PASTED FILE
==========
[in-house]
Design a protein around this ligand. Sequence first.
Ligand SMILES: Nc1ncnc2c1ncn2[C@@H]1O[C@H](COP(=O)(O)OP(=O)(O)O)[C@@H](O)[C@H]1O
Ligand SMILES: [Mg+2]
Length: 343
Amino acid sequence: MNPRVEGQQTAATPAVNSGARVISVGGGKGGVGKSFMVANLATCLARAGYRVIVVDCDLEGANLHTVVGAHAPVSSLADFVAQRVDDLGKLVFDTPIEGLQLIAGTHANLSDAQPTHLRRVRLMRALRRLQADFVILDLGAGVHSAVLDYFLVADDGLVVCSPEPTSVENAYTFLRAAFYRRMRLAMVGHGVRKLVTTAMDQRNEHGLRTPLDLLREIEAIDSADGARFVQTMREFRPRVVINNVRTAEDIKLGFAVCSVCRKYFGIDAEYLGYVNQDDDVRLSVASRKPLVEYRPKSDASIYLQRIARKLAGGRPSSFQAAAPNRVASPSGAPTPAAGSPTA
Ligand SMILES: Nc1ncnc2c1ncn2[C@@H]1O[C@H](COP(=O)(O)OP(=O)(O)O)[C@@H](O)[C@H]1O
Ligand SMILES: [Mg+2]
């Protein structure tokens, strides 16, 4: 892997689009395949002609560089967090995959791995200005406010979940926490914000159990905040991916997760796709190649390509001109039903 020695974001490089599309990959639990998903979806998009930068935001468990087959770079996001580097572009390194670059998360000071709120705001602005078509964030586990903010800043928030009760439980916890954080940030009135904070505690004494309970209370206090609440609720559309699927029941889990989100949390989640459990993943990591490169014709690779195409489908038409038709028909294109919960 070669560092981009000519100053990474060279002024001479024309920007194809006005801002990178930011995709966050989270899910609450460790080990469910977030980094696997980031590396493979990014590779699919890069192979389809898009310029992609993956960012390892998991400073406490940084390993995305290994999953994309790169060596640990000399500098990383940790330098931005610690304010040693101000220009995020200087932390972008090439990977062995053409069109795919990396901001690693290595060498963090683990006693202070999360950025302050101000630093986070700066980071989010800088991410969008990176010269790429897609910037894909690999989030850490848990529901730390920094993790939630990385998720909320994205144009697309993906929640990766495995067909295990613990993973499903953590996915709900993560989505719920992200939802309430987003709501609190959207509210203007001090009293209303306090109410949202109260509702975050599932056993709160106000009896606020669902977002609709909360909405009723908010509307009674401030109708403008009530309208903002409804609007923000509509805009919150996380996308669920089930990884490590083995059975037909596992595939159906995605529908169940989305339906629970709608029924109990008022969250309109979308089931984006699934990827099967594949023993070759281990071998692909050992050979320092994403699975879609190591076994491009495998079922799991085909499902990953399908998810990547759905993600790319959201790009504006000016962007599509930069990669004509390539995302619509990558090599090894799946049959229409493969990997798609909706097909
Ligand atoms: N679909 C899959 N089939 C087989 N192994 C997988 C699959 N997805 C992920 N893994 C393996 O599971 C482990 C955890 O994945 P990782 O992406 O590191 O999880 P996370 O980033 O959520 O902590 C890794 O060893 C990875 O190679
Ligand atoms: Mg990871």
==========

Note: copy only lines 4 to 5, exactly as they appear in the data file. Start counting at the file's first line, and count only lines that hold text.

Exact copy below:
Ligand SMILES: [Mg+2]
Length: 343